Weekly gains for U.S. stocks were in jeopardy given Friday’s sloppy start. The major averages struggled to find a definitive direction as Wall Street chewed over largely tame wholesale inflation data, falling oil prices, and mixed overseas stock action. Asian markets mostly gained, led by a jump in China even as Beijing authorities let their currency rise against the dollar for the first time this week. European stock averages fell after gross domestic product in the 19-nation euro-zone rose 0.3% in Q2, missing industry forecasts that showed Q1's 0.4% pace would be maintained.
At the start of trading, the S&P 500 (SPX) was on track to gain 0.3% for the week, while the Dow Jones Industrial Average ($DJI) held a 0.2% weekly rise. The NASDAQ Composite (COMP) was down 0.2% for the week through Thursday’s close.
Producer-Level Inflation? Not Really. Is this the low-inflation cover that could limit Federal Reserve interest rate moves? U.S. producer prices moderated in July, rising a seasonally adjusted 0.2% after a 0.4% gain in the prior month. Excluding the volatile categories of trade margins, food and energy, core wholesale prices rose 0.2% after a 0.3% gain in June. Over the past 12 months, producer prices are 0.8% lower. The core rate has risen 0.9% over the last 12 months, below the Fed’s “worry” range. Every slice of data feeds the debate surrounding Fed interest rate-hike timing. Currency volatility this week dampened some expectations for a Fed rate hike as soon as next month, but a slight majority of economists still think the central bank will pull the trigger on a hike in September for the first time since 2006. July industrial production data also hits today. Plus, the University of Michigan’s consumer sentiment index is estimated to have dipped to 92.8 in August, according to Street analysts, down from 93.1 last month.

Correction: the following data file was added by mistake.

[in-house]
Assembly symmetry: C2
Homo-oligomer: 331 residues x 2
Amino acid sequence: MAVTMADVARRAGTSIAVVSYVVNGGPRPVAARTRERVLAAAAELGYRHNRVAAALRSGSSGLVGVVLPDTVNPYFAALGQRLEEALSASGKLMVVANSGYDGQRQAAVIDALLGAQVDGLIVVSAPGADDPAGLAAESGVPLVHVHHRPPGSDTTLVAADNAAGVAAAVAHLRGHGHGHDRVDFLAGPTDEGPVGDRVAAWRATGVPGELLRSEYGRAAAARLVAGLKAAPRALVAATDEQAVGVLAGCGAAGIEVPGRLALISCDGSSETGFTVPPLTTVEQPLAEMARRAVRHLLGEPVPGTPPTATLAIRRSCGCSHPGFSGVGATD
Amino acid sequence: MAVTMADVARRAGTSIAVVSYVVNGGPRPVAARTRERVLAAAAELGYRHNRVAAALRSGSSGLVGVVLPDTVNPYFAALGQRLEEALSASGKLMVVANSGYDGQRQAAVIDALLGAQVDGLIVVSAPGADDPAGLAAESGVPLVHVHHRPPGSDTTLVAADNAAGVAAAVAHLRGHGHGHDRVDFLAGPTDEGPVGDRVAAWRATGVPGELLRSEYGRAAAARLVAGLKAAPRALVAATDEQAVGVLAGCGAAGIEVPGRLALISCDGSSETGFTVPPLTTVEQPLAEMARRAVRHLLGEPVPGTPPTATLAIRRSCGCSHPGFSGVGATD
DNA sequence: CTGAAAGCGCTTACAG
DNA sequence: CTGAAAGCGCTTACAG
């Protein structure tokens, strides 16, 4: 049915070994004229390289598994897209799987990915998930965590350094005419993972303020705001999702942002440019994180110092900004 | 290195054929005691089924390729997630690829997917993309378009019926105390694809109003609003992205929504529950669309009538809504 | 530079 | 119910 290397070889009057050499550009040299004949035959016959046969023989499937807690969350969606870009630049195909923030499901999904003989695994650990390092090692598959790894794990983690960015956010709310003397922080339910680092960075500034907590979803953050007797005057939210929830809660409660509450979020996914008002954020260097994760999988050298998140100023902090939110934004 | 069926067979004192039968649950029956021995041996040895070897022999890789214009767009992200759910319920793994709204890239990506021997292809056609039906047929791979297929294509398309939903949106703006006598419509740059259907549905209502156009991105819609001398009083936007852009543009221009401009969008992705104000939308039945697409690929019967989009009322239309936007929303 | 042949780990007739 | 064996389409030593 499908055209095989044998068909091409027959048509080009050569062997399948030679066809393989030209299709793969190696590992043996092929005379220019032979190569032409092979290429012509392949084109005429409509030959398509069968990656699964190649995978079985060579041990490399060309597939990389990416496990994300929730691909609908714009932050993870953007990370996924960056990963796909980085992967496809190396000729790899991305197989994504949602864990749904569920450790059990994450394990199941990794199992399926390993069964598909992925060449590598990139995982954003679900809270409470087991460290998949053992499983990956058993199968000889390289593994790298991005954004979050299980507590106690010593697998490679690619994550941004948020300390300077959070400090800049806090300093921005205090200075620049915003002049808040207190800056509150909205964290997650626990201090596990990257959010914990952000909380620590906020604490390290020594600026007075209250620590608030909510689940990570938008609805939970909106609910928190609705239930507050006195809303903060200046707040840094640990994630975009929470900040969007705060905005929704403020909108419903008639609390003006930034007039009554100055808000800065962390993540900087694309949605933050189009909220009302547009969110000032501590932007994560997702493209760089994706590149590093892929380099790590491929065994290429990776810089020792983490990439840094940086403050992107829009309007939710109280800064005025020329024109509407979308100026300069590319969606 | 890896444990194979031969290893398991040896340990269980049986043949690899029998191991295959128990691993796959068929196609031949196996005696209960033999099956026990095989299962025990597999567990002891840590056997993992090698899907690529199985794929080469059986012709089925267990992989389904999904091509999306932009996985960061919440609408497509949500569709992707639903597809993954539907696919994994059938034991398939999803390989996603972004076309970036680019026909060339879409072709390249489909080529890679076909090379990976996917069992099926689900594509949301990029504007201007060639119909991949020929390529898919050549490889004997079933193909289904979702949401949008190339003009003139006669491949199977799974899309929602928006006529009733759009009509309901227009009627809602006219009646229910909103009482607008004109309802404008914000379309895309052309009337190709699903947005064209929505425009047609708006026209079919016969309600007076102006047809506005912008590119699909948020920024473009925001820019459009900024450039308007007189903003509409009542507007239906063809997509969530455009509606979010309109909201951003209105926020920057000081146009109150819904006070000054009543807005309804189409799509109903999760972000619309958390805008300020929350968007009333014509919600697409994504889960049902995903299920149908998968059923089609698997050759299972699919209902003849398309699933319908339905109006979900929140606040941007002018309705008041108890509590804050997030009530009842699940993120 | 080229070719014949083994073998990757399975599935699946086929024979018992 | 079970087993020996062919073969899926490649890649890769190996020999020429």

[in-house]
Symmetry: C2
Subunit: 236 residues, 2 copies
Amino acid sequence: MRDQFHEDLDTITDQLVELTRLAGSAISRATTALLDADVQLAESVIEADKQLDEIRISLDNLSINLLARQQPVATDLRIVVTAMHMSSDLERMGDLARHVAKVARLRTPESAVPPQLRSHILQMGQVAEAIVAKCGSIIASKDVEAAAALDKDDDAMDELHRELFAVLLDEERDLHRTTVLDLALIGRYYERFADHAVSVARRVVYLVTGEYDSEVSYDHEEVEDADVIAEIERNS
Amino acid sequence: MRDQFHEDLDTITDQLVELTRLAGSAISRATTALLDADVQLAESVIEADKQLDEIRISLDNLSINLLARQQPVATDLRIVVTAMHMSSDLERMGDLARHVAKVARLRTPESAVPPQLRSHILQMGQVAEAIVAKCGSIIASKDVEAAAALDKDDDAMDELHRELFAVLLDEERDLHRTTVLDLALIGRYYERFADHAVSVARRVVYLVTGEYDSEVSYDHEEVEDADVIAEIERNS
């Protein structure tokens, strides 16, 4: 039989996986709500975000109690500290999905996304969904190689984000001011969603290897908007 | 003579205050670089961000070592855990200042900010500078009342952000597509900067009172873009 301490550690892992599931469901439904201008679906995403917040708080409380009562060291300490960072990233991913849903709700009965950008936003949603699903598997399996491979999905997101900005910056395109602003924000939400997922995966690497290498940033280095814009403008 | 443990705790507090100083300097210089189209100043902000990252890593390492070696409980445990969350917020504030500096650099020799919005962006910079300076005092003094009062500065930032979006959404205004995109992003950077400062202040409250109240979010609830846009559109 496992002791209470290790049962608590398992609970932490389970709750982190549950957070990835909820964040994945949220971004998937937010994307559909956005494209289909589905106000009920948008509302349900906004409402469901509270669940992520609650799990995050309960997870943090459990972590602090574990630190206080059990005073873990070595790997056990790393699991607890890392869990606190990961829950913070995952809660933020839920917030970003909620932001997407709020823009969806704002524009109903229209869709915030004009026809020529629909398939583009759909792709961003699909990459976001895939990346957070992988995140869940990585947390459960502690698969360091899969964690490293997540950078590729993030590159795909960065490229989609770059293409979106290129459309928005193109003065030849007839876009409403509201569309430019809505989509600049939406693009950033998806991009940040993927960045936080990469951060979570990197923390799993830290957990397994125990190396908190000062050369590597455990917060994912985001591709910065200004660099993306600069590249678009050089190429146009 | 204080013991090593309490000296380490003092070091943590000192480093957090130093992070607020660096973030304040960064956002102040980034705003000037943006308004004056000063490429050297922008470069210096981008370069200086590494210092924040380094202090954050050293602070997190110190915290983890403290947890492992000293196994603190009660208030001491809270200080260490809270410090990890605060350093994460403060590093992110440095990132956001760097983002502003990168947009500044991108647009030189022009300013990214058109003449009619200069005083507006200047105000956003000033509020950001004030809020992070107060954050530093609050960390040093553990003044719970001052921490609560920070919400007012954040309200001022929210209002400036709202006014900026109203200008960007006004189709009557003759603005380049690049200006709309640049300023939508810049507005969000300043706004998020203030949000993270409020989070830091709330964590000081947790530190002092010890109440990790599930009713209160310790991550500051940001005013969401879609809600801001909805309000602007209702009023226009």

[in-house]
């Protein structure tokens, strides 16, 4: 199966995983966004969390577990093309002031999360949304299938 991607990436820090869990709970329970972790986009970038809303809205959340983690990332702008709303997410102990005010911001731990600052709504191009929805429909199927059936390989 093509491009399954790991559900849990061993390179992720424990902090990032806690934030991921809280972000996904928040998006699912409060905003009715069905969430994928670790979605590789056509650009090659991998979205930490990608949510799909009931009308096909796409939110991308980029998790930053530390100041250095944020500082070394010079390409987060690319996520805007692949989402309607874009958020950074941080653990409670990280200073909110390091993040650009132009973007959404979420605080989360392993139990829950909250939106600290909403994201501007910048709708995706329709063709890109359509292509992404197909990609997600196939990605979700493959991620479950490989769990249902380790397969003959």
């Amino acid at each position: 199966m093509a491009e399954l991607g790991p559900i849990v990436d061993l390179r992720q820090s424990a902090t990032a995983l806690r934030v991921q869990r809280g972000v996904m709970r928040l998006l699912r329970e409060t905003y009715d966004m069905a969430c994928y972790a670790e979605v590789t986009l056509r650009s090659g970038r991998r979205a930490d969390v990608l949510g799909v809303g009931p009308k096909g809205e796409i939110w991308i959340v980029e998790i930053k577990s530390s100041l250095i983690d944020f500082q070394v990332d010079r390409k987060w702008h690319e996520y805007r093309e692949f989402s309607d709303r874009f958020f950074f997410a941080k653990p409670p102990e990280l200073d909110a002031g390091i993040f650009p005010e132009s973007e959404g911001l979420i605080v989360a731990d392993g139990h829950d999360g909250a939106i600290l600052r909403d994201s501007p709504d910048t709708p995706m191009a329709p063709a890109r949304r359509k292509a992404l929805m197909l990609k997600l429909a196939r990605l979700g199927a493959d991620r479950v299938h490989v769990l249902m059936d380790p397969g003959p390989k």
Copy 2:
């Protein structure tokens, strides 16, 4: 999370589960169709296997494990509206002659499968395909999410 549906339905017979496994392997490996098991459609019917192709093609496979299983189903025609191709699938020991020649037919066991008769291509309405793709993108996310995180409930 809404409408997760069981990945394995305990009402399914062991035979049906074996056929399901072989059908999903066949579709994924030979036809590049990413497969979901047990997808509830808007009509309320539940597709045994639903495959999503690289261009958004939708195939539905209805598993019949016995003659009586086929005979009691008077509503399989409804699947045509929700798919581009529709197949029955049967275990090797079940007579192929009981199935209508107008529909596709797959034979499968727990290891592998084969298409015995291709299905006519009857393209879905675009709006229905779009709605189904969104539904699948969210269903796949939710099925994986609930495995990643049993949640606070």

Oil: Fresh 6-Year Low. U.S.-traded crude oil dropped to a more-than-six-year low Friday, its new leg down driven by escalating concerns Chinese demand will slow following the yuan’s devaluation. Crude futures for delivery in September traded as low as $41.35, a level seen last in March 2009. Oil prices are on track for a weekly slide of more than 4%. China matters, sure, but the primary factor pressuring prices is the supply glut. Earlier in the week, U.S. crude-oil stockpiles declined for the third-straight week but were not reduced as aggressively as industry analysts had calculated. Later today, Baker Hughes will publish the latest U.S. oil drilling rig count, which many see as a proxy for activity in the closely watched U.S. shale industry.
JCP: A Retail Revenue Beat. Troubled retailer J.C. Penney (JCP) achieved Street-beating revenue in its Q2, a feat that few retailers could claim for this reporting round. The department store chain’s progress has barely edged it away from financial collapse but it is moving in the right direction. In response, shares were up some 5% in pre-market trading. The retailer reported a narrower loss and better-than-expected sales growth on strength in its Sephora cosmetics division. Overall, Penney's loss narrowed to $0.45 per share compared to a loss of $0.56 per share a year earlier. Analysts polled by Thomson Reuters had expected a loss of $0.48. Sales rose 2.7% to $2.88 billion, better than analysts' forecast of $2.86 billion.
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